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How rising temperatures and climate change can enable mosquitos

While scientists and non-scientists debate the specifics of climate change, one thing is for certain. There is not a single coffee shop, supermarket line, backyard gathering, or bus stop where people aren’t talking about the weather.

In South Florida, the comments are often about the heat and extreme weather – how early the warm days started, how late in the year they seem to be lingering, how strong the storms and hurricanes have been, and how much rain we’ve received. And these very noticeable weather issues create unique mosquito problems.

Zika incubation, mosquitoes, and climate

Not every Aedes aegypti mosquito carries Zika. It first has to bite an infected person, and that pathogen must have time to incubate before it becomes viable in the saliva of the female mosquito.

In order for that incubation period to be successful, there is a very fine balancing act with the lifespan of the mosquito – and that balance can be easily influenced by outside temperature. Warmer weather will speed up incubation, but can also shorten a mosquito’s already short life. Cooler weather can lengthen the incubation period to better coincide with the female mosquito’s egg production and the need for blood.

Cold weather and mosquitos

It’s already fairly common knowledge that mosquitos love a warm, moist climate. That’s a big reason why South Florida, in particular, is a haven for mosquito species.

In northern areas of the country, winters that drop below freezing can wipe out some mosquito populations, including the ones that spread Zika, Dengue, and Yellow Fever.

While climate change can certainly mean below-freezing temperatures in some parts of the country, it also means that winters in other areas are getting warmer, thereby decreasing the chances of eradicating mosquito species and increasing the time period when mosquitos are most active.

In other words, some areas of the country may experience mosquitos in spring and fall rather than a summer marked by dryness, while other areas may have a three-season transmission season. South Florida may experience year-round transmission.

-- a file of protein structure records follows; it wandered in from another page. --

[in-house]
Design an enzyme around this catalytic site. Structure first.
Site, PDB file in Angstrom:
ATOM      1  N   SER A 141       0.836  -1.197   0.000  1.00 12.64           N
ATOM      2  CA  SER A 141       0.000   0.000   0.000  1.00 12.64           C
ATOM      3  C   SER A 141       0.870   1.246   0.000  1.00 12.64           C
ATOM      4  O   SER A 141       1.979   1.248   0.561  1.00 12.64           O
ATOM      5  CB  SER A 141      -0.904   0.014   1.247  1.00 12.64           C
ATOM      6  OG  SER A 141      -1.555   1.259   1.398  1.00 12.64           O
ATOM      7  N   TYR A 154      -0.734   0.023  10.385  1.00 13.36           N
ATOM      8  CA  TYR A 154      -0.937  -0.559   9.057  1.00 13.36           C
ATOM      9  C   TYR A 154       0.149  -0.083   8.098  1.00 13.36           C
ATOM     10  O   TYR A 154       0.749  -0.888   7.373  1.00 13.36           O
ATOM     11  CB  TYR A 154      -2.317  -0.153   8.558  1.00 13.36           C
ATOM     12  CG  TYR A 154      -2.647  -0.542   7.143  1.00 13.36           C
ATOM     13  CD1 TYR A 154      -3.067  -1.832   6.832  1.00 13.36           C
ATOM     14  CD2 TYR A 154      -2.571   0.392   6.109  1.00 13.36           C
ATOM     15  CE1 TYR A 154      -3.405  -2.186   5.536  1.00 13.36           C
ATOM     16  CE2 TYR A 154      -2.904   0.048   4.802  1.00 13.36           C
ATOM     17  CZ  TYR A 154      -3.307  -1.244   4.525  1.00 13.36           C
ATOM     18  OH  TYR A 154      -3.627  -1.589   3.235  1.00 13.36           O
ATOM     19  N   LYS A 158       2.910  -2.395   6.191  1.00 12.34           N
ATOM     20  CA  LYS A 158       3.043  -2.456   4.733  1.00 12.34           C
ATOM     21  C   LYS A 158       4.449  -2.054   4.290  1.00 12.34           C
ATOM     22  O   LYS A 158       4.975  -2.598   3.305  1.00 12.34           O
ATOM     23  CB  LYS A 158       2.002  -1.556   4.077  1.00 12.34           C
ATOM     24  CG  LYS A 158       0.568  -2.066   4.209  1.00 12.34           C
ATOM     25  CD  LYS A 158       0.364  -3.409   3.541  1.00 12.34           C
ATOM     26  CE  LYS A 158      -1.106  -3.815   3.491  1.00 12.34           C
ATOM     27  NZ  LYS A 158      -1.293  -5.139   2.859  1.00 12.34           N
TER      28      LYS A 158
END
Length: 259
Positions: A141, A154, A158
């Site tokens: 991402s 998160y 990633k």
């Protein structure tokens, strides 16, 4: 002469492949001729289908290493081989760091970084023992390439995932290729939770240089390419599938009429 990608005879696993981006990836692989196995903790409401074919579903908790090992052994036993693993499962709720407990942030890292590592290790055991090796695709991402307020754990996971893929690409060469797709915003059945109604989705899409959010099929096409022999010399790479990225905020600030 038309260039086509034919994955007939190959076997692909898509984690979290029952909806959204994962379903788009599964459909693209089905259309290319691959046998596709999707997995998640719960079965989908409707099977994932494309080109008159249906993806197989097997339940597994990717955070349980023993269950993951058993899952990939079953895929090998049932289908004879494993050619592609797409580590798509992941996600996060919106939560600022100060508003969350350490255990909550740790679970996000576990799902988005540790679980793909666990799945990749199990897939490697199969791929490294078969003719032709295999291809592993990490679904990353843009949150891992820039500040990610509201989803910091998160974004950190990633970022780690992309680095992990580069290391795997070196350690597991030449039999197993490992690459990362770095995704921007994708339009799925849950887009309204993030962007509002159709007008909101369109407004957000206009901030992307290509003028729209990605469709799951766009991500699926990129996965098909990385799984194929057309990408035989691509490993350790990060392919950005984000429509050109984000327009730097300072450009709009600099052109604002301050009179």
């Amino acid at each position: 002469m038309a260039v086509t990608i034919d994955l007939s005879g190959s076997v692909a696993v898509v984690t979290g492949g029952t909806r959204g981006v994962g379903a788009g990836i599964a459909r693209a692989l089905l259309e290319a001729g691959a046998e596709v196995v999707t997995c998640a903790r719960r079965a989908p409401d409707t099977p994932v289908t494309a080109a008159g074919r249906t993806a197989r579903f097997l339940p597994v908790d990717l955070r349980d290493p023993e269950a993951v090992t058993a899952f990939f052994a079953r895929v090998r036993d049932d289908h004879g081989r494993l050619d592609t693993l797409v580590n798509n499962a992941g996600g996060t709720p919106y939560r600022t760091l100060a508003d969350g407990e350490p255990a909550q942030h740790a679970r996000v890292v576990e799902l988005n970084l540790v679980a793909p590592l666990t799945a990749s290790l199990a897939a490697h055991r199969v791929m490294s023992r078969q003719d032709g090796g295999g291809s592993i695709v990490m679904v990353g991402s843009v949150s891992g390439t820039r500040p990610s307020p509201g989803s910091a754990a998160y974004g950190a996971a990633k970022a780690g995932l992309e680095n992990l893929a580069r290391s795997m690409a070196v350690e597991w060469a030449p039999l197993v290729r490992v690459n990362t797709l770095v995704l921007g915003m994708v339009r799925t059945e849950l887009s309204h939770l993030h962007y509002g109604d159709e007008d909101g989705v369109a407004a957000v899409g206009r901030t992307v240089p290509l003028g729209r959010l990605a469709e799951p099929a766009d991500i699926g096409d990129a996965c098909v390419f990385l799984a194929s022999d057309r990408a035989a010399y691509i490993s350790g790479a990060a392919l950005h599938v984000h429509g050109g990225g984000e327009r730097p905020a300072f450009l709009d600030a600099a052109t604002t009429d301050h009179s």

Miami and Zika: A warning from West Nile

In many ways, each outbreak of a disease is considered a warning shot. It’s imperative to learn about transmission, treatment, and management. While Zika may have primarily been a South Florida event, one only needs to look at West Nile and its spread to fully appreciate and understand how climate can quickly and fatally change the playing field.

  • 1999: West Nile makes its first appearance in the United States, infecting 17 people in New York City.
  • 2002: Dallas experienced an outbreak, sickening 202 people and killing 13. From there, the virus moved to the West Coast.
  • 2011: One reported infection in Dallas.
  • 2012: Dallas experiences a second outbreak. More than 1,100 people tested positive for West Nile, 216 were hospitalized, and 19 were killed.

When compiling data on the second outbreak, researchers discovered that the months leading up to the outbreak were the warmest winter, the warmest spring, and the heaviest rainfall in 10 years. Mosquitos survived the winter. Their population swelled. They emerged earlier. They bit in greater numbers.

Complacency is not an option

One of the major lessons learned in Texas was that complacency was an enemy. During the 2002 outbreak, people were scared and thus took great precautions to decrease mosquito populations. In the ten years leading up to the second outbreak, West Nile wasn’t the lead story on the news and so residents let down their guard.

We cannot afford to let that happen with Zika in South Florida. That’s why Platinum Mosquito Protection continues to stress the need for home and business owners to remain vigilant on their properties. To aid those efforts, we offer an automatic mosquito misting system.

To learn how to live a life without mosquitos, contact us today for a free onsite consultation.

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